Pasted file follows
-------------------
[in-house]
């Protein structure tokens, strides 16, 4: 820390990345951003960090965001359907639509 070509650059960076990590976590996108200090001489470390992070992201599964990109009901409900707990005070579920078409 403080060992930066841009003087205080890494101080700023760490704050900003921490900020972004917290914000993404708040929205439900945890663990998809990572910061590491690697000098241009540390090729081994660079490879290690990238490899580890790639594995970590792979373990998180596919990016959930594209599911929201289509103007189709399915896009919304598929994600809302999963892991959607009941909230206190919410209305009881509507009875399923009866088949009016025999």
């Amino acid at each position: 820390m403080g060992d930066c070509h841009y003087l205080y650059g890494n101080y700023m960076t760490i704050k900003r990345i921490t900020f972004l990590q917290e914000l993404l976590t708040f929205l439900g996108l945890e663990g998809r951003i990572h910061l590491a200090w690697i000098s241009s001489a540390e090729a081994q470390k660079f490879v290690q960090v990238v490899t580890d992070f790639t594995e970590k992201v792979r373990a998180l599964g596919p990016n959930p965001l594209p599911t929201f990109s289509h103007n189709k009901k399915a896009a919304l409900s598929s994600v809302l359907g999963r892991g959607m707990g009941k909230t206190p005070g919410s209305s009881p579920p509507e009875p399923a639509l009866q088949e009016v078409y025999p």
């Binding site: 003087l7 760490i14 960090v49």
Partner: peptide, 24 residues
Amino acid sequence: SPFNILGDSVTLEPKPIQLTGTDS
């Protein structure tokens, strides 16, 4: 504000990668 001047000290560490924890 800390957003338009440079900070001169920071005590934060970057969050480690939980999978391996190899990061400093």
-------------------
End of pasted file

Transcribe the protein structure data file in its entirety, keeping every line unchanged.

[in-house]
């Protein structure tokens, strides 16, 4: 820390990345951003960090965001359907639509 070509650059960076990590976590996108200090001489470390992070992201599964990109009901409900707990005070579920078409 403080060992930066841009003087205080890494101080700023760490704050900003921490900020972004917290914000993404708040929205439900945890663990998809990572910061590491690697000098241009540390090729081994660079490879290690990238490899580890790639594995970590792979373990998180596919990016959930594209599911929201289509103007189709399915896009919304598929994600809302999963892991959607009941909230206190919410209305009881509507009875399923009866088949009016025999």
């Amino acid at each position: 820390m403080g060992d930066c070509h841009y003087l205080y650059g890494n101080y700023m960076t760490i704050k900003r990345i921490t900020f972004l990590q917290e914000l993404l976590t708040f929205l439900g996108l945890e663990g998809r951003i990572h910061l590491a200090w690697i000098s241009s001489a540390e090729a081994q470390k660079f490879v290690q960090v990238v490899t580890d992070f790639t594995e970590k992201v792979r373990a998180l599964g596919p990016n959930p965001l594209p599911t929201f990109s289509h103007n189709k009901k399915a896009a919304l409900s598929s994600v809302l359907g999963r892991g959607m707990g009941k909230t206190p005070g919410s209305s009881p579920p509507e009875p399923a639509l009866q088949e009016v078409y025999p």
């Binding site: 003087l7 760490i14 960090v49």
Partner: peptide, 24 residues
Amino acid sequence: SPFNILGDSVTLEPKPIQLTGTDS
């Protein structure tokens, strides 16, 4: 504000990668 001047000290560490924890 800390957003338009440079900070001169920071005590934060970057969050480690939980999978391996190899990061400093």